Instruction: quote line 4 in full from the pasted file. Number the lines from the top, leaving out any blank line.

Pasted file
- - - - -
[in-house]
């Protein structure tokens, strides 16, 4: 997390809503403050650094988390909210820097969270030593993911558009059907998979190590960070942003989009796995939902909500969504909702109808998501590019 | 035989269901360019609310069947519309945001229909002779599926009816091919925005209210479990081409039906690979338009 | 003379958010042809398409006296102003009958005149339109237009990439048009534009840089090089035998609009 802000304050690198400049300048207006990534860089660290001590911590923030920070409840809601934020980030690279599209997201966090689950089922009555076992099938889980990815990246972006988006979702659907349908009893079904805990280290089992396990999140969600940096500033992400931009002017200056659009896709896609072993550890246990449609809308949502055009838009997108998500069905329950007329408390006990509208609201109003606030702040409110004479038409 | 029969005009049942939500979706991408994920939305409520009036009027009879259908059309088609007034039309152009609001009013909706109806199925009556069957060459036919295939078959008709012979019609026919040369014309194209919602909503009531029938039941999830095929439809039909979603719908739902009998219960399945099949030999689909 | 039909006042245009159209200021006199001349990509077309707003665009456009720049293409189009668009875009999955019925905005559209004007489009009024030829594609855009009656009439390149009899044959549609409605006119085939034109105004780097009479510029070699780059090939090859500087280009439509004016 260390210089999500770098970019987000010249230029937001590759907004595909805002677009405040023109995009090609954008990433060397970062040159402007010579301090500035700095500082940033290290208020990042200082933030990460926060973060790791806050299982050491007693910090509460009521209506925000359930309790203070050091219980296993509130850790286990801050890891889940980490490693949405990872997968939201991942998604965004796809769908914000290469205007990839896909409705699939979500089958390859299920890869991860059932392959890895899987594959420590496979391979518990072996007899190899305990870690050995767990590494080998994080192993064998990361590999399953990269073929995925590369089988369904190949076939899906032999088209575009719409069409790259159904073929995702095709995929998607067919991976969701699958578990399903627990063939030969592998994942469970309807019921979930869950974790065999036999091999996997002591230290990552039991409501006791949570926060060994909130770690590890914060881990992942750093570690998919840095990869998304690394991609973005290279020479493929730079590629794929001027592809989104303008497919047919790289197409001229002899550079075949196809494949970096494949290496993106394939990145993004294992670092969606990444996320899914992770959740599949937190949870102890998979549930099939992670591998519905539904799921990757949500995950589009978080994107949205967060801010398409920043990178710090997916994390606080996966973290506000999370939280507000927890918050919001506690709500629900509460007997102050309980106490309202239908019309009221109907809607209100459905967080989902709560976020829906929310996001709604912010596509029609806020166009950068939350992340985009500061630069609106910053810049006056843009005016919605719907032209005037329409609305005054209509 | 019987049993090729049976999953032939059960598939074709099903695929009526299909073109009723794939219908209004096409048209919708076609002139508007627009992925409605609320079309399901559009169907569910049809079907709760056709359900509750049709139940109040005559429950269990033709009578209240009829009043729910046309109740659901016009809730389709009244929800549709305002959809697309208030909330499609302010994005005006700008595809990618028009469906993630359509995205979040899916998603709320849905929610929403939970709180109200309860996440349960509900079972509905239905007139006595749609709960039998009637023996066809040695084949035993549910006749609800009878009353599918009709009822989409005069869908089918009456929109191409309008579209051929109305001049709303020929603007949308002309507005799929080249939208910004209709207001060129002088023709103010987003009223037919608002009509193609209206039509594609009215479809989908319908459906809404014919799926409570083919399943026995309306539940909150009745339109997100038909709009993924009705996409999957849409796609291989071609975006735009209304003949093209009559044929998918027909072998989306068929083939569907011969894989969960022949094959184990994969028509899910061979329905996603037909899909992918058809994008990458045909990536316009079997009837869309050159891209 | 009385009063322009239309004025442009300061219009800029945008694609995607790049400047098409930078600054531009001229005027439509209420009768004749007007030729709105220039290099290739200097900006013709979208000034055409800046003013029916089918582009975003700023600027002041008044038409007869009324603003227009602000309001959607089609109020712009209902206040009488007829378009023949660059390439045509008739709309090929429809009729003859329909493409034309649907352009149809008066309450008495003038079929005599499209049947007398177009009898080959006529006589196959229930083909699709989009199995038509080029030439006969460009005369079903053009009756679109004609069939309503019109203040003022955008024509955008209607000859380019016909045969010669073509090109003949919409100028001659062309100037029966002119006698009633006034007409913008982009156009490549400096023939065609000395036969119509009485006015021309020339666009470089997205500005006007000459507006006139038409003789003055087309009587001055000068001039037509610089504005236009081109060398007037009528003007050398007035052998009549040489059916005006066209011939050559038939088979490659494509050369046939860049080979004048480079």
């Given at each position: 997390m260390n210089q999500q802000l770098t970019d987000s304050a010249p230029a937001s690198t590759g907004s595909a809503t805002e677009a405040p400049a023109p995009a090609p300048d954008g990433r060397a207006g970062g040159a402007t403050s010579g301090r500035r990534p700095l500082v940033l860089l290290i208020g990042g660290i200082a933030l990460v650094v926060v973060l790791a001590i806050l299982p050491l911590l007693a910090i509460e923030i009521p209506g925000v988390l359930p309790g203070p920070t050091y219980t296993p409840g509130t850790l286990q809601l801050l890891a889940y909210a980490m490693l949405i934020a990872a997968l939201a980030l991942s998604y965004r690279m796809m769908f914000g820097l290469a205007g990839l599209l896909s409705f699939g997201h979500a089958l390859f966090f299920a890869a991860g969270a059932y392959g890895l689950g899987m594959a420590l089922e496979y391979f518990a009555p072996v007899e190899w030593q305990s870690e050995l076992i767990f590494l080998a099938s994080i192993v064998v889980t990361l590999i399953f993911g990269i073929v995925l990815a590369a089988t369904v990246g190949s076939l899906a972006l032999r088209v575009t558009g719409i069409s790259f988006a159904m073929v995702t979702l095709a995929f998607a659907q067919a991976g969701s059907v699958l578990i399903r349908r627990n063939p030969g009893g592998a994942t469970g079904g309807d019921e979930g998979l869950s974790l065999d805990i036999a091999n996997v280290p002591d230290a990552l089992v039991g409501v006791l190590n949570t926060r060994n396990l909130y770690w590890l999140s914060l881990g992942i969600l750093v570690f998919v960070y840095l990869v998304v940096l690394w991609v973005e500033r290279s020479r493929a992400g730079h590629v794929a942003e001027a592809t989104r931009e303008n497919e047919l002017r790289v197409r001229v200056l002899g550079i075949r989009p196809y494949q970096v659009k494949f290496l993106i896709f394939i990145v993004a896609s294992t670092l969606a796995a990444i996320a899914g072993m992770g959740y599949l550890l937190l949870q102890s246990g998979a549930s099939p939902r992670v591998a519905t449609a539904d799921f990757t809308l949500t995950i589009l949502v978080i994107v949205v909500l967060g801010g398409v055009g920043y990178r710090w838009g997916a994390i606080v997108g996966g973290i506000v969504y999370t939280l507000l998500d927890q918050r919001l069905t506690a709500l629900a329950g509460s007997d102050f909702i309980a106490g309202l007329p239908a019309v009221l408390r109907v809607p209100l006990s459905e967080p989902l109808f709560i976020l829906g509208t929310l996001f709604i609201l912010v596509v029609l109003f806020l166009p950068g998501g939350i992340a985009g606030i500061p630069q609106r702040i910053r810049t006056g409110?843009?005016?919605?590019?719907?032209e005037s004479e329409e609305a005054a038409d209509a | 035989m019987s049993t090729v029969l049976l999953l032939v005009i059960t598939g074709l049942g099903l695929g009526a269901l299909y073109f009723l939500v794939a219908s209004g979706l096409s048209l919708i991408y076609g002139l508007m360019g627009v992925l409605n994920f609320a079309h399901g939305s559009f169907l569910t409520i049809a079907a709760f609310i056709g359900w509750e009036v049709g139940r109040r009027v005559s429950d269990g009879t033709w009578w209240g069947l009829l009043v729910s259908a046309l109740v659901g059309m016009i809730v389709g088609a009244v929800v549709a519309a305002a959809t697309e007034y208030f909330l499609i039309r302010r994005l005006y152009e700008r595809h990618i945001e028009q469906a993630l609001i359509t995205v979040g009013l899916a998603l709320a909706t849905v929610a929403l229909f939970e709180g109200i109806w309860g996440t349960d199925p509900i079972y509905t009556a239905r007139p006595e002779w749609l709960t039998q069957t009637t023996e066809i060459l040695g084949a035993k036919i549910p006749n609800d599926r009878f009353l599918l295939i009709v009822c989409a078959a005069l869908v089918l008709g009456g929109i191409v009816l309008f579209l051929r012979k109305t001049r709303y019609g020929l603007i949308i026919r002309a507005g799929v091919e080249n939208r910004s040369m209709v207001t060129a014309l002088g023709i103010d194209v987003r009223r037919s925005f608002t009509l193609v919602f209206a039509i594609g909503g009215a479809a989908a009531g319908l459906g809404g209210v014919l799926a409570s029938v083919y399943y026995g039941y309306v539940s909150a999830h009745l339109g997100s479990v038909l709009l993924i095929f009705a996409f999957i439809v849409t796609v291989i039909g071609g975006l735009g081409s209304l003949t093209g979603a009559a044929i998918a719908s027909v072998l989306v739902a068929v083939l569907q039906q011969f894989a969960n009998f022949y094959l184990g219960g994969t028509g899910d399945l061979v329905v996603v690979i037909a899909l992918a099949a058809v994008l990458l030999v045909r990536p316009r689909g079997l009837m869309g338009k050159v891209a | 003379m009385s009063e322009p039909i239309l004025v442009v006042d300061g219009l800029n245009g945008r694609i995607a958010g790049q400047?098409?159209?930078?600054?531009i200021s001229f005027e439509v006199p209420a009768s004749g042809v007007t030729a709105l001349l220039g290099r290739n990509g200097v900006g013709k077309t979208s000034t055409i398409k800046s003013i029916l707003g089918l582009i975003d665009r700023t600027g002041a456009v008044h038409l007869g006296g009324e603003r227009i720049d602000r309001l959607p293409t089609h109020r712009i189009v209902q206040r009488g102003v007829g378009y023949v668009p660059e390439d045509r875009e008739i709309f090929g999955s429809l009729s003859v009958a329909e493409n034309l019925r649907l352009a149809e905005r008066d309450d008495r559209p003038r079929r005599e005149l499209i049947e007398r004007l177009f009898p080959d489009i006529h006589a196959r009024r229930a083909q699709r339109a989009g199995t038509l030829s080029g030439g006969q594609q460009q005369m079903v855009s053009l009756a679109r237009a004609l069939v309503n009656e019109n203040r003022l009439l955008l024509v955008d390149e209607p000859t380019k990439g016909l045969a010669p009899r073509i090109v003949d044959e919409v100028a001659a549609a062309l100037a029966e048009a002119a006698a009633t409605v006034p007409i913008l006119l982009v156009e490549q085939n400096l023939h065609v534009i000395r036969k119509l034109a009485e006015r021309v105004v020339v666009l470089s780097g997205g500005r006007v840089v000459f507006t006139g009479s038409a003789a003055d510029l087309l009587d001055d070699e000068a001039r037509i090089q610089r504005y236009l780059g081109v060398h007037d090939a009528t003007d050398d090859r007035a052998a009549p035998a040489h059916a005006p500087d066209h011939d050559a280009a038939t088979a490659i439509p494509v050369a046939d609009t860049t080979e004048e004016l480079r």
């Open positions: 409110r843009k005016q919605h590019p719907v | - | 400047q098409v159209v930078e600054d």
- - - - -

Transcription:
């Open positions: 409110r843009k005016q919605h590019p719907v | - | 400047q098409v159209v930078e600054d």